Building a global policy agenda to prioritize preterm birth: A qualitative analysis on factors shaping global health policymaking.
- Author(s): Kassabian, Sara;
- Fewer, Sara;
- Yamey, Gavin;
- Brindis, Claire D
- et al.
Published Web Locationhttps://doi.org/10.12688/gatesopenres.13098.1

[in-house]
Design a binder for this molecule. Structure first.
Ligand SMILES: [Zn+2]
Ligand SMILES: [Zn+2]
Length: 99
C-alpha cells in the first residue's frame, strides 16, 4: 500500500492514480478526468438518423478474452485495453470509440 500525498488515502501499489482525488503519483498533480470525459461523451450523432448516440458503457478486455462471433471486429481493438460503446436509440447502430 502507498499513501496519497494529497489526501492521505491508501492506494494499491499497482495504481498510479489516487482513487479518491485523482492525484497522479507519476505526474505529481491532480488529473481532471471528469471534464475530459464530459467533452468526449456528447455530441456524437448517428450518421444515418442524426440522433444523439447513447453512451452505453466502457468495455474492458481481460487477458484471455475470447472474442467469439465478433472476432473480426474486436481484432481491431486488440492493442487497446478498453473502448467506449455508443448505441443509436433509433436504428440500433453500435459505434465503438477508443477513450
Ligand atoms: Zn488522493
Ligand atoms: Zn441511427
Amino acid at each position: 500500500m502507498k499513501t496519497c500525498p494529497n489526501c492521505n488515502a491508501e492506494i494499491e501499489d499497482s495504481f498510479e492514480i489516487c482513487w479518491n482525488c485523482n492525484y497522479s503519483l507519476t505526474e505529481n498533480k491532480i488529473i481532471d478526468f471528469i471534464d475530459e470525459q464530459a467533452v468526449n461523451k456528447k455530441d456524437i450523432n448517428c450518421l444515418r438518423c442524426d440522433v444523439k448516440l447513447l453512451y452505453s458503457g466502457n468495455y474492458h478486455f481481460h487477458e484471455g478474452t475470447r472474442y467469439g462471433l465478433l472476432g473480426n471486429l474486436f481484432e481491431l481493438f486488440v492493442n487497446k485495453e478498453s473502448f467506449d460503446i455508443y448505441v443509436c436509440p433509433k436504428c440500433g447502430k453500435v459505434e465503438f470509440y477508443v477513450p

Background: Preterm birth, defined as infants born before 37 weeks of gestation, is the largest contributor to child mortality. Despite new evidence highlighting the global burden of prematurity, policymakers have failed to adequately prioritize preterm birth despite the magnitude of its health impacts. Given current levels of political attention and investment, it is unlikely that the global community will be adequately mobilized to meet the 2012 Born Too Soon report goal of reducing the preterm birth rate by 50% by 2025. Methods: This study adapts the Shiffman and Smith framework for political priority to examine four components contributing to policy action in global health: actor power, ideas, political context, and issue characteristics. We conducted key informant interviews with 18 experts in prematurity and reproductive, maternal, newborn, and child health (RMNCH) and reviewed key literature on preterm birth. We aimed to identify the factors that shape the global political priority of preterm birth and to describe policy opportunities to increase its priority moving forward. Results: The global preterm birth community (academic researchers, multilateral organizations, government agencies, and civil society organizations) lacks evidence about the causes of and solutions to preterm birth; and country-level data quality is poor with gaps in the understanding required for implementing effective interventions. Limited funding compounds these challenges, creating divisions among experts on what policy actions to recommend. These factors contribute to the lack of priority and underrepresentation of preterm birth within the larger RMNCH agenda. Conclusion: Increasing the political priority of prematurity is essential to reduce preventable newborn and child mortality, a key target of the 2030 Sustainable Development Goal for health (target 3.2). This study identifies three policy recommendations for the preterm birth community: address data and evidence gaps, clarify and invest in viable solutions, and bring visibility to prematurity within the larger RMNCH agendas.